Shooting at the Moon –
an interview with playwright Richard Kalinoski about "Beast of the Moon"
Louis Zorich as the Gentleman in "Beast on the Moon"
"Beast on the Moon"
Century Center for the Performing Arts, 111 East 15th Street between Union Square and Irving Plaza
Tues.-Sat. 8:00 pm; Sun. 7:30 pm; Sat and Sun. 3:00 pm, $65
For more information, visit www.BeastOnTheMoon.com
Interviewed on May 3, 2005
Portraiture is central in American playwright Richard Kalinoski's "Beast on the Moon," a compelling, award-winning memory play about two survivors of the Armenian genocide that took place in the Ottoman Empire during World War I.
The leading character Aram Tomasian is an Armenian immigrant and aspiring portrait photographer who brought his 15-year-old Armenian picture bride Seta to Milwaukee in 1921.
His father, killed by Turks who invaded his family’s home in 1915, worked as a town clerk and took official photographs for a city in the Ottoman Empire. Aram, who survived the holocaust, eventually takes a job as a portrait photographer for the Jerome Case Company in Milwaukee. Carrying on his father’s lineage, he seeks affirmation of his talents in America.
Aram’s picture of Seta is actually that of an Armenian woman who fell victim to the Turks. But he accepts his new picture bride despite her difference in appearance from the picture-bride photograph. Giving a mirror to his new bride as a gift, Aram creates a tool, says Kalinoski, to make her an extension of him. The playwright decided to use the mirror to give the audience a material emblem of the couple’s emotional efforts to look at themselves and to gain a new sense of self-worth.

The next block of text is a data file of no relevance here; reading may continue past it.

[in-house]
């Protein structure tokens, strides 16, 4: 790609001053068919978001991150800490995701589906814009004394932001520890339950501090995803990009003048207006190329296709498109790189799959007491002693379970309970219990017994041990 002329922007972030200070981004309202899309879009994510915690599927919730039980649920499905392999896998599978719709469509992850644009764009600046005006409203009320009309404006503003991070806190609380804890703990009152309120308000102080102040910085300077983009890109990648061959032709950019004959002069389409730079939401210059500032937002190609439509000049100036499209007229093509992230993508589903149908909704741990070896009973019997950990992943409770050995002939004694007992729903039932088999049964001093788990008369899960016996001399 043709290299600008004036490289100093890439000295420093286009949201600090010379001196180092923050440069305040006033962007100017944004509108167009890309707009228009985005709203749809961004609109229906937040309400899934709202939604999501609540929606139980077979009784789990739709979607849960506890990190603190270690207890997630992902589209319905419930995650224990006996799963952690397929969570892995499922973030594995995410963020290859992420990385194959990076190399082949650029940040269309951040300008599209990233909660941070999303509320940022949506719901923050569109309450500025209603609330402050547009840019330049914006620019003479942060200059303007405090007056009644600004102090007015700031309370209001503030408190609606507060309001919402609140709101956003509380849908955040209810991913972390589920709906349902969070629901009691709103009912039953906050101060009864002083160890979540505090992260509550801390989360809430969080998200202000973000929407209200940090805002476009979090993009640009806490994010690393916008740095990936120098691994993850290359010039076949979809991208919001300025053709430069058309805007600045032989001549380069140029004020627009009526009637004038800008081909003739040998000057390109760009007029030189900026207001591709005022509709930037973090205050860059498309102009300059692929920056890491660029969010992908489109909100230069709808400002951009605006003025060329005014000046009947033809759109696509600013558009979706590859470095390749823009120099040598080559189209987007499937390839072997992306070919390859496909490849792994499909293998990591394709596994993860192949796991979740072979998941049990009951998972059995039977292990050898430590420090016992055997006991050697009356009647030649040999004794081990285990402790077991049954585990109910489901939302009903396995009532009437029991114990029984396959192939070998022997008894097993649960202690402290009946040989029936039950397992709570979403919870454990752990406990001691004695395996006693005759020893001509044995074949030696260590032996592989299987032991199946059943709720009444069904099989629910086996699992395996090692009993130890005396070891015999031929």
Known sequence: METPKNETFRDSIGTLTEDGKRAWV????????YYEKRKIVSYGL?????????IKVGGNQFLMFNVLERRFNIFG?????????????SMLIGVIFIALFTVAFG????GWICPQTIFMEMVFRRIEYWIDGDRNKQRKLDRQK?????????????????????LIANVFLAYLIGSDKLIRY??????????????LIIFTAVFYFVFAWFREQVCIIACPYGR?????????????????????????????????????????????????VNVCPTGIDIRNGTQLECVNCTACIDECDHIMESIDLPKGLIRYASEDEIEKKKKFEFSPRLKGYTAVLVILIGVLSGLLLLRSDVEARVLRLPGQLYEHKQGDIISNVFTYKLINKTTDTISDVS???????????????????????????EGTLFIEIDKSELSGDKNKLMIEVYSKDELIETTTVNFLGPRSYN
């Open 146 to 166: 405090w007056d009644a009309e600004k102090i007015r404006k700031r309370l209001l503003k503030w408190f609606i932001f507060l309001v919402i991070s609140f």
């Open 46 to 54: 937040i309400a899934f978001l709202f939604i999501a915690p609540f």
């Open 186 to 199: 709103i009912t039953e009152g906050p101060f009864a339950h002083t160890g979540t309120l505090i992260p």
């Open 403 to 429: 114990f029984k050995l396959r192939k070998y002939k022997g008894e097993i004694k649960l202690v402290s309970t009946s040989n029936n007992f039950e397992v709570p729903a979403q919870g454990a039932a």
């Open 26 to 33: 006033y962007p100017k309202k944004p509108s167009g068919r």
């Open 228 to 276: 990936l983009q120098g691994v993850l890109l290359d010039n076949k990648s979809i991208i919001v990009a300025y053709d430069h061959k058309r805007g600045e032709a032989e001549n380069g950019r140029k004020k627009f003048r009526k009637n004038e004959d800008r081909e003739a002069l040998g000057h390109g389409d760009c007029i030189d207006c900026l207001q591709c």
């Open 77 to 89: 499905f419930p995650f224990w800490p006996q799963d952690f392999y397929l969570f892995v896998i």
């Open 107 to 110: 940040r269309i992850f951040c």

Furthermore, Kalinoski introduced a family portrait of Aram’s deceased family with their heads missing to give a strong visual image of his leading character’s obsession with his lost family and his need to rebuild a new family in America.
A Gentleman serves as the avuncular narrator who gives a brief history of the plight of the Armenians and provides insight into the Armenian couple’s search for self-identity in America.
"I decided on a memory play because I was uncomfortable with forcing the two main characters to talk about history. I couldn’t figure out any fashion to have them talk about the history of the holocaust of the Armenians," said Kalinoski from his office at the University of Wisconsin-Oshkosh.
In the narrator’s youth, he was an orphaned street urchin named Vincent who, like the couple, is fighting to survive in Milwaukee. He later becomes a surrogate son to the Tomasians.
"I’m not usually comfortable with having a narrator who directly addresses the audience in the play. But in this case I thought in terms of what I wanted to do in the play I couldn’t do it another way," added Kalinoski. "Most Armenians who go to the play don’t know beforehand what happened to the Armenians, so I needed to have some notion about it."
The 57-year-old Racine, Wisconsin native completed a first draft of "Beast on the Moon" in 1992. Inspired by conversations in the early 1970s with his former, third-generation Armenian-American wife’s grandparents who were survivors of the 1915 Armenian genocide at the hands of the Turks, he created the character of a child-bride, a stranger to her new husband, both of whom have immigrated to America.